Coming home the first summer after college made me realize how bad my anxiety had gotten, as my anxiety attacks became more frequent and less predictable. That’s when I looked to Cory. I loved being around him and he was the most well-trained of all my dad’s dogs, so I decided to train him to become an emotional support animal. He was taught to crawl on my chest to help bring me back from an attack. The difference in having Cory at all times was astounding. It helped so much just to have a living thing that I can put my hand on to bring me back from a pit of darkness.

Maddie with Cory, 2017. |image sourced from Accessed 18 July 2018.

When school started again, I was able to bring Cory to live with me in the sorority house with 50 other girls, so he got lots of love. But about a week into the living there, we ran into trouble. One of the girls living there claimed she was too allergic to dogs to have Cory stay. She filed a complaint to the university saying she wanted me and Cory out of the house. The school asked us to resolve our dispute, so they decided whoever signed the lease first gets to stay. It turned out she had signed her lease first, and I was supposed to leave.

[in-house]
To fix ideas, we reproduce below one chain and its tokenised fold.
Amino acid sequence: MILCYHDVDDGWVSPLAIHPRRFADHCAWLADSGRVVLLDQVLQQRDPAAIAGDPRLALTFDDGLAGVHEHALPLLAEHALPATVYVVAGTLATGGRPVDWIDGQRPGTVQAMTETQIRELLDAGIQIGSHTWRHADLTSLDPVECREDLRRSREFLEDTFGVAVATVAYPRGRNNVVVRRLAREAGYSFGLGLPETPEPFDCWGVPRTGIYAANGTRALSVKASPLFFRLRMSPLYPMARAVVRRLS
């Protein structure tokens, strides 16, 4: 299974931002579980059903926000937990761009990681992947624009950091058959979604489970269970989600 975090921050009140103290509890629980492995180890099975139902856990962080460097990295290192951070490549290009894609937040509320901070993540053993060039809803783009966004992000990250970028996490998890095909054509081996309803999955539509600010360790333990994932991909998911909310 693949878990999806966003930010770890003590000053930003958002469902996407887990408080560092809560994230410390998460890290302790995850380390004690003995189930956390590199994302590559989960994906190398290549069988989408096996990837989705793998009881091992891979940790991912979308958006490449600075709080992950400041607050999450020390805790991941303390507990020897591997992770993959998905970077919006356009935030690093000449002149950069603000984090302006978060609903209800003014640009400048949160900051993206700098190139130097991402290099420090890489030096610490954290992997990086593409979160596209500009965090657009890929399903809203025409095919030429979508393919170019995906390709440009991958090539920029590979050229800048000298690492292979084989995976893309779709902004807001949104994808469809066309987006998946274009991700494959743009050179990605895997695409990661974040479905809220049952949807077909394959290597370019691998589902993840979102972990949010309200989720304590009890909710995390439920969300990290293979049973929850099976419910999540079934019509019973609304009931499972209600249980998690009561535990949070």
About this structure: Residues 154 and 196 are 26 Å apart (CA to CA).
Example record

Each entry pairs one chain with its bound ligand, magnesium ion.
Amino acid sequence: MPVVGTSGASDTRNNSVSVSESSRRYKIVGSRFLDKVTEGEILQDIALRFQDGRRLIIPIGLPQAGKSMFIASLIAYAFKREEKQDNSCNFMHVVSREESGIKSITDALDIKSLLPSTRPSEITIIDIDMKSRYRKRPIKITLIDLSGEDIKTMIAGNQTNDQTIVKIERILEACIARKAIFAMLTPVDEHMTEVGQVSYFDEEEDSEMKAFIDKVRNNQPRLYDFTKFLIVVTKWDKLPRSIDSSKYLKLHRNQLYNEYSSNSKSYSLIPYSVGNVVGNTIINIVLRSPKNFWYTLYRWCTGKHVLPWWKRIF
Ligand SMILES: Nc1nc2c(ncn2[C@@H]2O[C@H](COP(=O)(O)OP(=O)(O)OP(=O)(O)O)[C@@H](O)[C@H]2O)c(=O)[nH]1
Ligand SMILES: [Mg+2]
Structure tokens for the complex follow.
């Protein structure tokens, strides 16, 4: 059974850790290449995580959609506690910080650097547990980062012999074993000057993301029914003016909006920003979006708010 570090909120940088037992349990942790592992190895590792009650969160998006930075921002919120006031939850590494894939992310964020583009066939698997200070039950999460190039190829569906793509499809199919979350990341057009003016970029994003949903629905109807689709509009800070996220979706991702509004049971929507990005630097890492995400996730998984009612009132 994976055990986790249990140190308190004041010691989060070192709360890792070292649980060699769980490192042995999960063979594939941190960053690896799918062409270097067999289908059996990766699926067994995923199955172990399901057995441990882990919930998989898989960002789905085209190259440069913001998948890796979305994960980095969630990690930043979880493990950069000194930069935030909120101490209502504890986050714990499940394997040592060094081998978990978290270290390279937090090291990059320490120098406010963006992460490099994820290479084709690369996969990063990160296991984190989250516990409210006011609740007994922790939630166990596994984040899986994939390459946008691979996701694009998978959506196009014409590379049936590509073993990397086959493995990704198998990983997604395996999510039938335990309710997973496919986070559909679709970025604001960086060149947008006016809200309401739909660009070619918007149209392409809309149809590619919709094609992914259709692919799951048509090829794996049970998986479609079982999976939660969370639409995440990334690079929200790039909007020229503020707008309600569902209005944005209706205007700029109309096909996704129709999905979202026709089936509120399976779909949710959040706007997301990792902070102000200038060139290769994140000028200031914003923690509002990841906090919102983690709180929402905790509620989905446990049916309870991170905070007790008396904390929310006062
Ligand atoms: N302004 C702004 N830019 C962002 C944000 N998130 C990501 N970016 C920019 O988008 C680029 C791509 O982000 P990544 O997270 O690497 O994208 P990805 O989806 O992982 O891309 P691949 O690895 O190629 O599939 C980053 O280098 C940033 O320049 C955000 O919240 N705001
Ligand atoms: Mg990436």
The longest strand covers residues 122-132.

But instead of accepting it, I decided to file a federal lawsuit against one of the biggest universities in the country. After years of living between bouts of anxiety, I finally had a constant support system. Cory met all the standards required of an active service, which meant, I had a case to sue. We began proceedings in November of 2017.

The case was huge. Big news outlets were flocking to it like crazy. I got calls from The Washington Post and Inside Edition asking me to do interviews. News cameras were constantly outside of my sorority house where I was living since the school couldn’t kick me out when I filed in court. The girls in the sorority house all handled the situation in their own ways. Most of the girls in the house refused to take sides during the case, some remained loyal to a certain side, and some even got angry at me for filing this lawsuit. They hated all the attention that the sorority was getting. I tried to ignore those people the best I could, but I understood the shock of constantly being under surveillance. There were cameras always waiting for me to leave the house. I had to have friends help me sneak out just so I could go to class or let Cory out to use the bathroom.